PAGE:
But, the author also points out about Sanders: 

“The gentle treatment he received in 2016 from the media and the Hillary Clinton campaign (which ran few negative television or media ads against him) means that many Democratic voters haven’t yet learned about the distinctly non-progressive positions he has taken on certain issues throughout his senatorial career.”

What are some of those positions? To appeal to the social conservatives in his home state of Vermont, a largely white, older, pro-hunting population, Bernie has… 

—Long opposed gun safety legislation, voting against the Brady bill and legislation to make gun manufacturers accountable for their products’ destructiveness;

—Voted for the “Charleston loophole” by which the killer of nine African Americans in a South Carolina church obtained his weapon;

—Opposed gay marriage until at least 2006;

—Supported the 1994 crime bill that led to mass incarcerations of African Americans;

—Opposed various reforms to assist immigrants on the grounds that they would negatively affect American workers.

And his legislative accomplishments are thin at best, in large part because of his “go-it-alone approach.” In 2018, he got the least number of bills out of committee and to the floor (1 bill).

 Similarly, only 1 of his 31 bills and resolutions had a cosponsor from a different party. The Lugar Center’s Bipartisanship Index placed him last among all Senators for the past two Congresses.

So the man sets forth an incredibly ambitious agenda, and tells us that he’ll be able to pass it because of the “political revolution” he’s inspiring.

But his track record doesn’t indicate he’s got the temperament or relationships to do the hard work of enacting such transformative legislation.

Kabaservice calls Bernie’s chances of actually becoming President “close to nil.” He elaborates:

“I say this because in 2016 I got a glimpse of the Republican party’s opposition research book on Sanders, which was so massive it had to be transported on a cart. The Newsweek reporter Kurt Eichenwald, who got to see some of its contents, declared that ‘it was brutal…’”

Of course, I had to check Eichenwald’s 2016 article to see what was so damning.

It’s worth reading this piece because Eichenwald is describing “The Myths Democrats Swallowed That Cost Them the Presidential Election.”

Myth 1 is that the Democratic National Committee was all-powerful and engineered Hillary’s nomination by being unfair to Bernie. Eichenwald factually demolishes this premise and its implications.

Myth 2: That Sanders Would Have Won Against Trump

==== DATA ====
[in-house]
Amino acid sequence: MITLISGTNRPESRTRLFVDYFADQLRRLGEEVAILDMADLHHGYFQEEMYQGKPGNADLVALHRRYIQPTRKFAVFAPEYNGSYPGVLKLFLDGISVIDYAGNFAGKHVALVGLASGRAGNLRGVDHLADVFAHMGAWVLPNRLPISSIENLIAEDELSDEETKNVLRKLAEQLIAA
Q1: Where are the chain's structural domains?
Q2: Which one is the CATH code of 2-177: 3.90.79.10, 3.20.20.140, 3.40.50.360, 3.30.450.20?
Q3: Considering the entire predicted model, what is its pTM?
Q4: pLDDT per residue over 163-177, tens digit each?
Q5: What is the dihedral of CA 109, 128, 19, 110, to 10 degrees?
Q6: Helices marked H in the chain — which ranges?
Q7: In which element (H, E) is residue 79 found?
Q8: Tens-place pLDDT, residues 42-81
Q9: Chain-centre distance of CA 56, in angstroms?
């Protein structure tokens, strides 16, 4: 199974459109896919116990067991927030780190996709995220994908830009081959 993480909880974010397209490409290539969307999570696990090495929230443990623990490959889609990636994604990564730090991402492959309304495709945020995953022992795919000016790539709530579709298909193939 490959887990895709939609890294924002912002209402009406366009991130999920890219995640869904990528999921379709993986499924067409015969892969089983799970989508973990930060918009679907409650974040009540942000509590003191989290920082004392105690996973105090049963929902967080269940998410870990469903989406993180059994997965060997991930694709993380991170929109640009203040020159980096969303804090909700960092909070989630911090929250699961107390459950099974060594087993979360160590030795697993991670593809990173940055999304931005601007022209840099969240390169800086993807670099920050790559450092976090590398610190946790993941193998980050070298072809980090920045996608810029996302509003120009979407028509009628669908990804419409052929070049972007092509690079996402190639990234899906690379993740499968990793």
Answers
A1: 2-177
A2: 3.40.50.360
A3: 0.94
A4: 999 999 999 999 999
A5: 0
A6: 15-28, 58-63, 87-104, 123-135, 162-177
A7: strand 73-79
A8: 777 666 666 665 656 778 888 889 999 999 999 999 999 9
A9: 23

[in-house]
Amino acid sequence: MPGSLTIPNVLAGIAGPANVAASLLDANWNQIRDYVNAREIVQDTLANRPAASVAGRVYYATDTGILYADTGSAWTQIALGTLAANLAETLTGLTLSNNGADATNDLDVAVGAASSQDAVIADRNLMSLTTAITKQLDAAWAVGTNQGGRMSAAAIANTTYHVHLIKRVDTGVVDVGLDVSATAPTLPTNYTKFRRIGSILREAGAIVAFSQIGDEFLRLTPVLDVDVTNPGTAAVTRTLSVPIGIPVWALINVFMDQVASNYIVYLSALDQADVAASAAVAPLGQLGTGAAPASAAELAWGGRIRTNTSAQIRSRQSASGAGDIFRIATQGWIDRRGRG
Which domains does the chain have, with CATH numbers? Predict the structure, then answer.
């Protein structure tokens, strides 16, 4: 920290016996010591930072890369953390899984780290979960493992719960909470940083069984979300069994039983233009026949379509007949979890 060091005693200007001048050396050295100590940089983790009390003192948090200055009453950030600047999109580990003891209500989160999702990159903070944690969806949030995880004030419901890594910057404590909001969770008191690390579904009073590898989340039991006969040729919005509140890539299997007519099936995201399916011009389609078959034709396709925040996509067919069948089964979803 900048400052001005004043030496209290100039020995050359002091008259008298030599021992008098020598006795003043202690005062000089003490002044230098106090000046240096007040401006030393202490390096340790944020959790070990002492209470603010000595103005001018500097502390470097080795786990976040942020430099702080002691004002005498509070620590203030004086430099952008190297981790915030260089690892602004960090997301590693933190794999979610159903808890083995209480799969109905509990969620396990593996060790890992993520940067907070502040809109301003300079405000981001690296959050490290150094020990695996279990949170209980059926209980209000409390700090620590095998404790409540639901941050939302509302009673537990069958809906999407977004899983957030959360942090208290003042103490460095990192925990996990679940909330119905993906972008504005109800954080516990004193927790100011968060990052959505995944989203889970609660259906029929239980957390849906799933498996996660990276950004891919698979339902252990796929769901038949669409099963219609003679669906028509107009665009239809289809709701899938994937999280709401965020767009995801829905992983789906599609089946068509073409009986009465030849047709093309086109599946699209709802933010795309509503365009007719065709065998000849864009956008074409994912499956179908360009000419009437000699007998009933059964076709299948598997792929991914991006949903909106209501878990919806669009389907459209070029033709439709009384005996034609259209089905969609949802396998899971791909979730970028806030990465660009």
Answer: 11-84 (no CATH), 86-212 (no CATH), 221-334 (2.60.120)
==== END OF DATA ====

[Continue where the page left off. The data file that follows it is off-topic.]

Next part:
“I have seen the opposition book assembled by Republicans [against Sanders] and it was brutal. The Republicans would have torn him apart. And while Sanders supporters might delude themselves into believing that they could have defended him against all of this, there is a name for politicians who play defense all the time: losers.”

That comment hit me hard, as we know that one thing Trump and his minions are very good at is going on the attack. I could just picture him at his rallies, dropping one after another of the morsels that Eichenwald described.

“Here are a few tastes of what was in store for Sanders, straight out of the Republican playbook: He thinks rape is A-OK. In 1972, when he was 31, Sanders wrote a fictitious essay in which he described a woman enjoying being raped by three men. 

“Yes, there is an explanation for it—a long, complicated one, just like the one that would make clear why the Clinton emails story was nonsense. And we all know how well that worked out.

“Then there’s the fact that Sanders was on unemployment until his mid-30s, and that he stole electricity from a neighbor after failing to pay his bills, and that he co-sponsored a bill to ship Vermont’s nuclear waste to a poor Hispanic community in Texas, where it could be dumped.

“You can just see the words ‘environmental racist’ on Republican billboards. And if you can’t, I already did. They were in the Republican opposition research book as a proposal on how to frame the nuclear waste issue.

“Also on the list: Sanders violated campaign finance laws, criticized Clinton for supporting the 1994 crime bill that he voted for, and he voted against the Amber Alert system” [to alert the public to help when a child has been abducted]. 

Eichenwald states that Sanders is also vulnerable for his advocacy of universal health care (now “Medicare for All”) because it was tried in Vermont and failed due to excessive costs.